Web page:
When I interviewed here last year, one of the first things I fell in love with was our worship service. It is sweet, heartfelt, and our worship music is offered by sincerely talented, Christ-centered people. There is a simplicity and authenticity in our services that strikes me as humble and sincere. I give all the credit to our worship team and to Winfield for creating such a wonderful atmosphere of worship that welcomes us all into the presence of God!
So why are we changing things up a little bit? There are a few reasons for this change, and they are both practical and theological. These changes speak to our natural human disposition as well as to the journey that our entire being (body, spirit, and soul) experiences in worship.
First, the natural human disposition: All of us, ministers and worship leaders included, find ourselves in a bit of a rush most Sunday mornings. With the strain of the week behind us, the worry of the week ahead, and the chaos that most families struggle with in getting out of the house anytime they leave, we are not always in the easiest place to enter into worship when church starts. And that is OK! While some people can settle quickly and let all that mess wash off like water on a duck’s back, I’m not one of those people. And I bet that most of you are like me. With the way our worship structure has been, its only by the end of the third song that I feel a bit of rest and peace pouring over me. Then all of the sudden, we stop, make some announcements, and take a five minute break. Talk about a buzz kill!
By moving the worship to the end, we are allowing all elements of the service to minister to our entire being and to more effectively shape us and open us up to respond in deeper worship and admiration for our mighty, Triune God. Because it will now be at the end, we will be freer to be more spontaneous: If the worship team and I feel that there is a particular sensing of the presence of God, we can continue to sing another chorus, or to pray in spontaneity without feeling hampered by the commitments of the rest of the service. It gives us time to offer more prayer ministry to those that want to pray with a prayer minister at the back of the church. Mostly though, it allows the hassles of the week to slough off and clears our minds to respond with a greater passion to God’s call on our life.
Secondly, the new structure provides a few elements that we were missing. 1.) The declaration of the Word of God apart from the sermon. Don’t get me wrong, I love preaching sermons, and think that it is a wonderful and necessary part of discipleship. However, the Word of God, specifically in the Gospels, should be given a chance to speak for itself. God is alive in the Word, and when we take the time to read it publicly, we are honoring Holy Scripture, and holding it up as central to our church’s life. So each week, we are going to have a special time to read a Gospel passage out loud. Sometimes this will the subject of the sermon, other times the sermon may focus on another Scripture passage. Regardless, we will give the words and life of Jesus Christ centrality to our church’s beliefs! 2.) The Take 5 has been a fun part of our service, and I am a little leery in changing it. However, it has also served as an unnatural break in the flow of our service. The history of church worship has always allowed for a moment where people may greet each other, but more specifically for them to bless each other with the peace of Christ. This “passing of the peace” allows for people to be greeted and for people to make amends before responding to the message of the worship. If there is someone within the service that has offended you for some reason, this passing of the peace is the perfect time to extend and receive forgiveness before approaching the communion table. It isn’t just a silly moment of wrote and meaningless gestures, but one that is rich in forgiveness and love. By removing the Take 5 and instituting The Peace, we are removing an unnatural break in the service, and allowing for the forgiveness and hospitality of God to flow through us!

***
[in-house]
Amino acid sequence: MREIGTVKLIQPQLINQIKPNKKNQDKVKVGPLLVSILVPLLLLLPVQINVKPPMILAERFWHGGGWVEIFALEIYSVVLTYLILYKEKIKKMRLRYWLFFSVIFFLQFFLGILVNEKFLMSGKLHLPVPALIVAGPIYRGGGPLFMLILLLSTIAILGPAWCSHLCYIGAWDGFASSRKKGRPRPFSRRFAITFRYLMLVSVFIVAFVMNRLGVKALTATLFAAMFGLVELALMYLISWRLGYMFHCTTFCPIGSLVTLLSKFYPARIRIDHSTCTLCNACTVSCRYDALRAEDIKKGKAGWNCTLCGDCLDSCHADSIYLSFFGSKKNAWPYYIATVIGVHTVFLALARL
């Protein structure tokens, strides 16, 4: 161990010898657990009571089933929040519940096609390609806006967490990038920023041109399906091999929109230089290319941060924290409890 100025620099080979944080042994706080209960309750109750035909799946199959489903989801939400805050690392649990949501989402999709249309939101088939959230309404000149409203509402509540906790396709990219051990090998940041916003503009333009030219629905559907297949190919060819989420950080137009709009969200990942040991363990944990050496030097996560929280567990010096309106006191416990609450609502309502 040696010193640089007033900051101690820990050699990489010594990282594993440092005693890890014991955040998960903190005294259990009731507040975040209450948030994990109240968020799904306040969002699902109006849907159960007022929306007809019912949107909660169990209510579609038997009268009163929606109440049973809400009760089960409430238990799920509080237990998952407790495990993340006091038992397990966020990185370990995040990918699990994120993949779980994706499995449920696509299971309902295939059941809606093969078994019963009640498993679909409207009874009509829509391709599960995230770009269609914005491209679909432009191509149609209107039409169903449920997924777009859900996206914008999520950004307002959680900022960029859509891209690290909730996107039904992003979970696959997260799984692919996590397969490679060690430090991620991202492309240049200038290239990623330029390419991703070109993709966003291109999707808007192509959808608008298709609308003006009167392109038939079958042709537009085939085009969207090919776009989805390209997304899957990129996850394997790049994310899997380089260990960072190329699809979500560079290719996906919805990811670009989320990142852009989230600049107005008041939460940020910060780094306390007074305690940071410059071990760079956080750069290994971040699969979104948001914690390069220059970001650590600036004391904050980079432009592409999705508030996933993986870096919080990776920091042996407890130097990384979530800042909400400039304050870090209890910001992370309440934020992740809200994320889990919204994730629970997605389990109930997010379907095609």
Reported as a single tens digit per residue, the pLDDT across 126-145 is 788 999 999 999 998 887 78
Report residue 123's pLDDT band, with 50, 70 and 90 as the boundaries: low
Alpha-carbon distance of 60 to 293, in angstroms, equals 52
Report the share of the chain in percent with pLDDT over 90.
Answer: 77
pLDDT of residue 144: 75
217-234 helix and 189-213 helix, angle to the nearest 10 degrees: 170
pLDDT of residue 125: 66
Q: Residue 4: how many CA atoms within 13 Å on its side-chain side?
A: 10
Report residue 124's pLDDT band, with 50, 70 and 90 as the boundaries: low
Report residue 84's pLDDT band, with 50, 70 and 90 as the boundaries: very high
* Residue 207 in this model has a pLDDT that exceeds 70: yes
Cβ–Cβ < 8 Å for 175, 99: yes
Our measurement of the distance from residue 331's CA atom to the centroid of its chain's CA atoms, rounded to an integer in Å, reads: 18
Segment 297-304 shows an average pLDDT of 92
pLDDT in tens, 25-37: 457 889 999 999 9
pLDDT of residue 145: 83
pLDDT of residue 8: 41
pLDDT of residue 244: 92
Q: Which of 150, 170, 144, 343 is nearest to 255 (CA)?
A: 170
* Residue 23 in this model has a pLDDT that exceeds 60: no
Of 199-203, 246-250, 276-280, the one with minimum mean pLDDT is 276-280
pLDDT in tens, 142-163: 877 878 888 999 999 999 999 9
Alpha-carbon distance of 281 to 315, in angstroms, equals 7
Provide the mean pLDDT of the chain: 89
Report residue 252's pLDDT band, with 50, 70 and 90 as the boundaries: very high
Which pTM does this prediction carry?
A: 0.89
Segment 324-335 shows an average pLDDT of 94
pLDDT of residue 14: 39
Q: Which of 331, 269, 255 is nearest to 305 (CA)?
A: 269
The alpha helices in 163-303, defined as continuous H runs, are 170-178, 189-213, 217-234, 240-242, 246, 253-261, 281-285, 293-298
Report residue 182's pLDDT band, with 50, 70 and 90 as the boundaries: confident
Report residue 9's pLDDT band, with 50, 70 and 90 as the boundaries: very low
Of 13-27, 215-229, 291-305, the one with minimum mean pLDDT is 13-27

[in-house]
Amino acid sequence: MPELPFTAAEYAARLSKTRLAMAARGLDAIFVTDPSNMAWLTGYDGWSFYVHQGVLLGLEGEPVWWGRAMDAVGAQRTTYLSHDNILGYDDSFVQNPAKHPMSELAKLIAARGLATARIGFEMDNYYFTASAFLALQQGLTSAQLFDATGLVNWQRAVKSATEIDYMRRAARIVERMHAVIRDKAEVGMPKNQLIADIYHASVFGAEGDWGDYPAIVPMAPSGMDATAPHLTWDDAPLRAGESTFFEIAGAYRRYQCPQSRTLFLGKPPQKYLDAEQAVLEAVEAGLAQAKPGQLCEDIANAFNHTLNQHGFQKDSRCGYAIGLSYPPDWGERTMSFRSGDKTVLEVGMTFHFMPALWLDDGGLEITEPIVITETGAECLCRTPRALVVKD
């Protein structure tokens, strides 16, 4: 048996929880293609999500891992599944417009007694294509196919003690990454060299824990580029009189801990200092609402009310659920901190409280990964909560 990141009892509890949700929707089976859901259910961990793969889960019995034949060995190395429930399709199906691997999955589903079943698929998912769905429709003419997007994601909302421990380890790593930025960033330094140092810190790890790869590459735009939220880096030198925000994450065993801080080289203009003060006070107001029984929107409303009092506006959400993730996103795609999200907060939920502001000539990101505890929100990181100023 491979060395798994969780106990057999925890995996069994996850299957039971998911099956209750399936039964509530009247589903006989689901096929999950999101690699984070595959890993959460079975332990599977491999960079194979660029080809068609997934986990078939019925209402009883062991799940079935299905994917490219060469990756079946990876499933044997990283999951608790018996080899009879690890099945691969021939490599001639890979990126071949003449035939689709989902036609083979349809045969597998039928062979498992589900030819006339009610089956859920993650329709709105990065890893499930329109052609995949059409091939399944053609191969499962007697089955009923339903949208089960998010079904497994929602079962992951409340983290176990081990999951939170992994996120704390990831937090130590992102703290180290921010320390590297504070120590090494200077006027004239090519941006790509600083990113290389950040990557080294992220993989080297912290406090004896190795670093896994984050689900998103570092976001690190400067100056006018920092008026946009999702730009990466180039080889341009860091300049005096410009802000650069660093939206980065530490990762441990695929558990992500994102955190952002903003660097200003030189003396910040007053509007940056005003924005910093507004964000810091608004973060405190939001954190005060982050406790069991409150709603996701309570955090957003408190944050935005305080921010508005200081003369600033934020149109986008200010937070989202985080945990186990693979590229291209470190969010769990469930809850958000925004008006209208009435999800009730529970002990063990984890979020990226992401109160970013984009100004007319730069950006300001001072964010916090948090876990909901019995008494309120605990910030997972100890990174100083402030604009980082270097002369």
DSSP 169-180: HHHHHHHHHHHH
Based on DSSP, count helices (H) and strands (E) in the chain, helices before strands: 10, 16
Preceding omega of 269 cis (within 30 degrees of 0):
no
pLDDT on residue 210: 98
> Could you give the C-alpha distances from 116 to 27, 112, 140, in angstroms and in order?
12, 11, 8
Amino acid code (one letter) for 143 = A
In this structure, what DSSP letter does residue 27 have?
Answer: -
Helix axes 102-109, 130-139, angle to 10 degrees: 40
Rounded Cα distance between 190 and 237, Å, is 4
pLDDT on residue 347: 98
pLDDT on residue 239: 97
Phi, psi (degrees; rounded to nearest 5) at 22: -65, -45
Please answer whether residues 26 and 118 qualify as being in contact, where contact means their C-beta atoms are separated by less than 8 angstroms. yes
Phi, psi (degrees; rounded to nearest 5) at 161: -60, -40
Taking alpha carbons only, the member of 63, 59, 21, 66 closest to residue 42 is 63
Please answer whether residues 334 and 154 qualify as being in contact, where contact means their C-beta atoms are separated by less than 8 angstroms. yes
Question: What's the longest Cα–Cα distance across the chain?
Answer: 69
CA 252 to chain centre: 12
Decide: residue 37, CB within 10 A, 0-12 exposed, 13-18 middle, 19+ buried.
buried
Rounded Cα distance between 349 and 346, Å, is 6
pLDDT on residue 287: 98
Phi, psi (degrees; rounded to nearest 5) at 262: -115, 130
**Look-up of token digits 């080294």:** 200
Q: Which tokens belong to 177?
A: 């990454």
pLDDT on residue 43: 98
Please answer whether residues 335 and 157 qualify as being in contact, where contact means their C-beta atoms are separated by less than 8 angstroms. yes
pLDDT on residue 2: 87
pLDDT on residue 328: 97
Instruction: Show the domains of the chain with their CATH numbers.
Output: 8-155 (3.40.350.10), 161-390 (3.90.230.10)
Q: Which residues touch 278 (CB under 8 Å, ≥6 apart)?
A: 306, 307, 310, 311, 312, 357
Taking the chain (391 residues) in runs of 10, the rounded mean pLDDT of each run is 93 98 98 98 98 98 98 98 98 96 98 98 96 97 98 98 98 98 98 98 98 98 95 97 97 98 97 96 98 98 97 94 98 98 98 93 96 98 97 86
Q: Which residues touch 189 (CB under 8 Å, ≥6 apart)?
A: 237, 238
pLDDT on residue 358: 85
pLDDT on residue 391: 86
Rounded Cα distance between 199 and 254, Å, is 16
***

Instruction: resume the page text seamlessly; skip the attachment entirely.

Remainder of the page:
Each of these changes addressed our entire being: our bodies (weary and in need of being restored in Christ through worship) our souls (which need to be cleared and stilled) and our spirits (which need nourishment from the word, the communion table, and the peace of the community). Hopefully these small changes will help us to engage deeper and experience more and more the blessings of the Kingdom of God on our little community!
Peace and blessings,